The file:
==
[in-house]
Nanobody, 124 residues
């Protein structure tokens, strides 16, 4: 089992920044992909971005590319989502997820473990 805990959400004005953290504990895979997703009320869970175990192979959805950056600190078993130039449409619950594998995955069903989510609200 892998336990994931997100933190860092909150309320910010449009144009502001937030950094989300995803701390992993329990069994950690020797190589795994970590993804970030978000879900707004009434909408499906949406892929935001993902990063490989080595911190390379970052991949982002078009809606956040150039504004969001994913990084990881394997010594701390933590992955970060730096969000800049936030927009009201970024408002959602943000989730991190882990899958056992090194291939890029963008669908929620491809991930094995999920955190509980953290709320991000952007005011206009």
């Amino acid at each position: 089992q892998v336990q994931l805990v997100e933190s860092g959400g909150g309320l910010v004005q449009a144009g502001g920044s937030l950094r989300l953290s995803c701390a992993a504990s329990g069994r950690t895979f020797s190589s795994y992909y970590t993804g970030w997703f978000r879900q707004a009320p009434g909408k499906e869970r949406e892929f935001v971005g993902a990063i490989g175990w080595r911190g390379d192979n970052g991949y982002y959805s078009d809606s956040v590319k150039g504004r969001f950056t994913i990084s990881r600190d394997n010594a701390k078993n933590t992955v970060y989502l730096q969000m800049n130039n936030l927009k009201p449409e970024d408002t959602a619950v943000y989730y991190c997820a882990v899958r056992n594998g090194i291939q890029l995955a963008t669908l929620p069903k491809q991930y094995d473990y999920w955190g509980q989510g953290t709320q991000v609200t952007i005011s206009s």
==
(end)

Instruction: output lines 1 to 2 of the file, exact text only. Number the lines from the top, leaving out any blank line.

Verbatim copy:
[in-house]
Nanobody, 124 residues